DISCLOSURE: Dr. O’Shaughnessy has consulted for Arno Therapeutics, AstraZeneca, Celgene, Corcept Therapeutics, Eisai, Genentech, GSK, Lilly, J&J, Merrimack, Novartis, Pfizer, Roche, Sanofi, Takeda, and Medfusion.


1. O’Shaughnessy J: Triple-negative breast cancer: Where are we now? 2017 Lynn Sage Breast Cancer Symposium. Presented September 15, 2017.

2. Blum JL, et al. J Clin Oncol 35:2647-2655, 2017.

3. Harbeck N, et al: Prospective WSG phase III PlanB trial. 2017 ASCO Annual Meeting. Abstract 504. Presented June 5, 2017.

4. Yardley D, et al. 2016 San Antonio Breast Cancer Symposium. Abstract 874. Presented December 9, 2016.

5. von Minckwitz G, et al: Neoadjuvant carboplatin in patients with triple-negative and HER2-positive early breast cancer (GeparSixto; GBG 66). Lancet Oncol 15:747-756, 2014.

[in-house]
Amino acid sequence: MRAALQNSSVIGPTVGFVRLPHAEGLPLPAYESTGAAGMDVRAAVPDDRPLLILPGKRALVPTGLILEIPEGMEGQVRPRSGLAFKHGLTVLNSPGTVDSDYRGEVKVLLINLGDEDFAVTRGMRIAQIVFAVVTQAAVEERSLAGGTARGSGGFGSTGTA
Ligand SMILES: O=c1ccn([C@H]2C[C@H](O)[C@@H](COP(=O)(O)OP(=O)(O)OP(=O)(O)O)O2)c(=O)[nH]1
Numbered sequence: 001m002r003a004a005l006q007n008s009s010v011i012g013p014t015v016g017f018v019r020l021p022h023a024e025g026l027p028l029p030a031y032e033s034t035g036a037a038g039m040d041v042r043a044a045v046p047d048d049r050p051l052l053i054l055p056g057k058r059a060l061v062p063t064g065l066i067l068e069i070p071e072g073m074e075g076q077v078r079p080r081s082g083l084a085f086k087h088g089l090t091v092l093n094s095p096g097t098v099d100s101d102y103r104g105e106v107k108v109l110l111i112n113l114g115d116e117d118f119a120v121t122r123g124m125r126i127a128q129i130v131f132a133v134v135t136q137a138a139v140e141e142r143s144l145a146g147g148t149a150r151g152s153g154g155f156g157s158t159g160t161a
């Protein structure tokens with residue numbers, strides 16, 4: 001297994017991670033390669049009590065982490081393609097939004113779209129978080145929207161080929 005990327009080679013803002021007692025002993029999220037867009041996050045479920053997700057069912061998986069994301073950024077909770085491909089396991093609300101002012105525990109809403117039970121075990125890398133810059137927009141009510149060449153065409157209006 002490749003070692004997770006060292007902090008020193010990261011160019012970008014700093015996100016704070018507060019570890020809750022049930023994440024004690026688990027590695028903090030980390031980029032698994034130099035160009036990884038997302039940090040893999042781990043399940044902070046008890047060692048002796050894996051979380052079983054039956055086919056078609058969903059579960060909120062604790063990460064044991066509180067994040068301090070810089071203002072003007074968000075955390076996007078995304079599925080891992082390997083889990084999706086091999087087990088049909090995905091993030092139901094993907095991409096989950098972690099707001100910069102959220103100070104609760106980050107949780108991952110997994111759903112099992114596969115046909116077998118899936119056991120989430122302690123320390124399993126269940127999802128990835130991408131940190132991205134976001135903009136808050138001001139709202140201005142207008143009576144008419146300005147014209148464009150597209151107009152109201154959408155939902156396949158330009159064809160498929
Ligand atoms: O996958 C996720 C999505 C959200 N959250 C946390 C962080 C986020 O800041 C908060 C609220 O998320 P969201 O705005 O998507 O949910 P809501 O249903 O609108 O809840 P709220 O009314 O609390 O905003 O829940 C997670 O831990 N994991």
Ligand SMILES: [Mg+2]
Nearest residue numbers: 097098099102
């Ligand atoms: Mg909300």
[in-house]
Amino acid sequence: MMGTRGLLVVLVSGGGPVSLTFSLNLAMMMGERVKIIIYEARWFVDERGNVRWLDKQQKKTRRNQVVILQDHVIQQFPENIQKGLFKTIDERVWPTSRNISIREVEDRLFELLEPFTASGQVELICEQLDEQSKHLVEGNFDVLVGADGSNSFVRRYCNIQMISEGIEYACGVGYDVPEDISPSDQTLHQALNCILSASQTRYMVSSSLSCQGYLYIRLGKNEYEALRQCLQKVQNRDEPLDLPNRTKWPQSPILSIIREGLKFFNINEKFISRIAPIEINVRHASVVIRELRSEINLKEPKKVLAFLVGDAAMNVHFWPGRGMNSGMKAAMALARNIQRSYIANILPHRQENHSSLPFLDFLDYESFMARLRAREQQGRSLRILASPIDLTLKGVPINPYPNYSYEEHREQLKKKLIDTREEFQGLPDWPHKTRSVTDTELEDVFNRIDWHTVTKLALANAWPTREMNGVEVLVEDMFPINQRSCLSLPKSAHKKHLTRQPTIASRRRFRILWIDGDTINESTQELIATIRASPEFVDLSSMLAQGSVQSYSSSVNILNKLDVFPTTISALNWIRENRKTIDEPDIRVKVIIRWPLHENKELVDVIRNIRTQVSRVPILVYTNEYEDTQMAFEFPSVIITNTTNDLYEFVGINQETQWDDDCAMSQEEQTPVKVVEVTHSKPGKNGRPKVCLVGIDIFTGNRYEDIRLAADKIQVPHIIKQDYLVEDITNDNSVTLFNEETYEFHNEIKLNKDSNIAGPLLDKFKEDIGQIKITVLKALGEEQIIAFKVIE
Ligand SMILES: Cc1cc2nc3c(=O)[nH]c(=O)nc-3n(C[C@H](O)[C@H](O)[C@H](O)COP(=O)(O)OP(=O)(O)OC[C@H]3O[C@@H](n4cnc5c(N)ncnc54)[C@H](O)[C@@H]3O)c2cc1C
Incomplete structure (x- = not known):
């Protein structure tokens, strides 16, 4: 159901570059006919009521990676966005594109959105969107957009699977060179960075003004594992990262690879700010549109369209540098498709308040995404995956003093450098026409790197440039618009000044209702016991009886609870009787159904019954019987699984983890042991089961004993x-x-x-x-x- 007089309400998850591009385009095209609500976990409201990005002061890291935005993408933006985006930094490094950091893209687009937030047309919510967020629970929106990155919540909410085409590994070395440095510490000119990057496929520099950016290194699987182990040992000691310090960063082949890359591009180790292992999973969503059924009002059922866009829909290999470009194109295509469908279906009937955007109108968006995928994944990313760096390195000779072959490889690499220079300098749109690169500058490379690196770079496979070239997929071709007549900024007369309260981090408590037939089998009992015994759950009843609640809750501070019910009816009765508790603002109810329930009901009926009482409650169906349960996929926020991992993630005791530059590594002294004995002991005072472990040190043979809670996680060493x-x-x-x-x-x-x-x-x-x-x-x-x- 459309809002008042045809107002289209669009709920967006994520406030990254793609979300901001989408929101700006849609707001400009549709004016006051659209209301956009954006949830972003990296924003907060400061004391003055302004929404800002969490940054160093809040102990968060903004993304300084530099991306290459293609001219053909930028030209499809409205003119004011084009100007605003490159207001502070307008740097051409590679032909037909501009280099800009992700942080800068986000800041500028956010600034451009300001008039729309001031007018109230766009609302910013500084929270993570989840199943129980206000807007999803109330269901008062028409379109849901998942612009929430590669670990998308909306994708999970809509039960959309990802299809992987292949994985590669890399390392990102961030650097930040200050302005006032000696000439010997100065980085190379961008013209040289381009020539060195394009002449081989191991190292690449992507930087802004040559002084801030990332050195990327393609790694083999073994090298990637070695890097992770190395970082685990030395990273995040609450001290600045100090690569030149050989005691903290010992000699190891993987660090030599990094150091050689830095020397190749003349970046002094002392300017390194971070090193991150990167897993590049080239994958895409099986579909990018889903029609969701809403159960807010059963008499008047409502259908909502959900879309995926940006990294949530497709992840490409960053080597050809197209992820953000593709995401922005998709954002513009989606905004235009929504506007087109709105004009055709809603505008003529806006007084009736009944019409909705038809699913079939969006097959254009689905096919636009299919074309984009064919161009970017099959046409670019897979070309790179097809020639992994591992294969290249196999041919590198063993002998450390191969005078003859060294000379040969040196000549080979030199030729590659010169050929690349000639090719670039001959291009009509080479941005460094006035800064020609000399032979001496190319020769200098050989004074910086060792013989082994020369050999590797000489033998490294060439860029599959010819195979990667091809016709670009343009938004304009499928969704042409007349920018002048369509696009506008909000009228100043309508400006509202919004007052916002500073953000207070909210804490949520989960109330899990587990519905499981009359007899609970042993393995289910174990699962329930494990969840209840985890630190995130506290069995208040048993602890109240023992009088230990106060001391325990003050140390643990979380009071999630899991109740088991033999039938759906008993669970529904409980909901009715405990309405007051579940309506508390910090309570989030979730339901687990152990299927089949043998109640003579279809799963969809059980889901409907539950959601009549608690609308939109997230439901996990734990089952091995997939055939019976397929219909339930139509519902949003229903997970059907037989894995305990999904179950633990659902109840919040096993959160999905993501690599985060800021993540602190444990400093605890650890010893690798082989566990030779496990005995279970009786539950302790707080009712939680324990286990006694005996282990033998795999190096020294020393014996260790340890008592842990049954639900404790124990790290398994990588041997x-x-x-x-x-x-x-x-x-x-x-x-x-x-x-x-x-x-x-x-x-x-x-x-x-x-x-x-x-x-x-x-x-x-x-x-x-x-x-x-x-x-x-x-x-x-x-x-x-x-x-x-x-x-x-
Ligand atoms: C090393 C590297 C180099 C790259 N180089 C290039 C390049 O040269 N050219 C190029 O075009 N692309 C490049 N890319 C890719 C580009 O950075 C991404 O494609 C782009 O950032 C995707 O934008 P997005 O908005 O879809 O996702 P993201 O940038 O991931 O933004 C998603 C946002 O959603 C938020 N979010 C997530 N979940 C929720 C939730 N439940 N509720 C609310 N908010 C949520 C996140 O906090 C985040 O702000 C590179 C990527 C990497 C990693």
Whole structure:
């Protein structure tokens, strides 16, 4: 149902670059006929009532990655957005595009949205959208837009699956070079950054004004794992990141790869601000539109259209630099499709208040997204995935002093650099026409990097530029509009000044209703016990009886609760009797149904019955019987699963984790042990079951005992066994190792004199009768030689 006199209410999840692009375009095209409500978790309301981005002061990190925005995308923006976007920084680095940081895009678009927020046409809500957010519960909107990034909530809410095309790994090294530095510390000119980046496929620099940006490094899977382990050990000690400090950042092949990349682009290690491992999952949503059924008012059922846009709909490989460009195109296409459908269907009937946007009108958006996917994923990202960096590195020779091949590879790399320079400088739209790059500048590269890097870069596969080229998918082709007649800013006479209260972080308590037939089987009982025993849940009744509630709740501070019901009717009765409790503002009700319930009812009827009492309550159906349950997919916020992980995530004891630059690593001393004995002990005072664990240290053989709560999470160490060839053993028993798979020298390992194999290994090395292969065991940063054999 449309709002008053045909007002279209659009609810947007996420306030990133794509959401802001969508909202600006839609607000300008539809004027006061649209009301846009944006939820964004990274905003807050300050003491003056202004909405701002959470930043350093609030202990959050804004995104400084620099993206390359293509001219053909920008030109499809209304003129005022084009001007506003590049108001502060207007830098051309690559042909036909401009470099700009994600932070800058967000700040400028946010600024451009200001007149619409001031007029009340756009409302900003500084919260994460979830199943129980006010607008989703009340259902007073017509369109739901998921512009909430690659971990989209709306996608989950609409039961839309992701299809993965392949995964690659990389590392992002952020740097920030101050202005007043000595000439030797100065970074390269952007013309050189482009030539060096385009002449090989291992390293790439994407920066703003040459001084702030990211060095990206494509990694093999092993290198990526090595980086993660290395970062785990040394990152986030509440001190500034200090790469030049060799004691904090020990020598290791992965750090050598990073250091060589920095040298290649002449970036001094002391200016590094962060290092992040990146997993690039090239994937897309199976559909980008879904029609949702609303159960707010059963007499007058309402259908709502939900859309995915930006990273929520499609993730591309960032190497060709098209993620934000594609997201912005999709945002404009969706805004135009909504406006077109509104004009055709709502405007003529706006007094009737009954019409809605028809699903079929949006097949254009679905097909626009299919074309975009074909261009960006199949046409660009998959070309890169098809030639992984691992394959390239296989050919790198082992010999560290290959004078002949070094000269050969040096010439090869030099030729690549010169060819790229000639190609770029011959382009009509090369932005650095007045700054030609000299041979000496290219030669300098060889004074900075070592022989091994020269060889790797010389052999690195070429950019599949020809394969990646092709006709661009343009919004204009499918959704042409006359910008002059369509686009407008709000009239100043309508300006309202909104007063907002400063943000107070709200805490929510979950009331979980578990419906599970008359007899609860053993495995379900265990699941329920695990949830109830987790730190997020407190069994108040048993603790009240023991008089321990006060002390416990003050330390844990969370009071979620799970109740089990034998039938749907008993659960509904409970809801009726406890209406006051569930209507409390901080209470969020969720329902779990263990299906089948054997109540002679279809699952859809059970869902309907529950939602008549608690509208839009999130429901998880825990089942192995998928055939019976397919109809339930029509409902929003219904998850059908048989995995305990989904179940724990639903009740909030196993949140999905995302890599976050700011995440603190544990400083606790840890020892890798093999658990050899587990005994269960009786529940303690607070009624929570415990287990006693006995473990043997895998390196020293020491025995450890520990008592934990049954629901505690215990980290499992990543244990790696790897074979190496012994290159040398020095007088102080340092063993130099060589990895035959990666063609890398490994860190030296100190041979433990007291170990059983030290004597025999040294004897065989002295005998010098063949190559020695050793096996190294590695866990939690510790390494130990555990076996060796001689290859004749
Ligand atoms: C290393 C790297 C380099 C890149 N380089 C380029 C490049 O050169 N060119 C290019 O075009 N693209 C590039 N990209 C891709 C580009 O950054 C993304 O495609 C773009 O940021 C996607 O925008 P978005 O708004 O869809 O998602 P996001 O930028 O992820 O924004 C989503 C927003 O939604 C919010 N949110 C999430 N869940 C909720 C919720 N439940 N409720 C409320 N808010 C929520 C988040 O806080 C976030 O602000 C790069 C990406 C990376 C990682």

6. Geyer CE, et al: Phase 3 study evaluating efficacy and safety of veliparib plus carboplatin (Cb) or Cb in combination with standard neoadjuvant chemotherapy in patients with early stage triple-negative breast cancer. 2017 ASCO Annual Meeting. Abstract 520. Presented June 4, 2017.

7. Gluz O, et al: Comparison of 12 weeks neoadjuvant nab-paclitaxel combined with carboplatinum vs. gemcitabine in triple-negative breast cancer. 2015 San Antonio Breast Cancer Symposium. Abstract S6-07. Presented December 11, 2015.

8. Masuda N, et al: Adjuvant capecitabine for breast cancer after preoperative chemotherapy. N Engl J Med 376:2147-2159, 2017.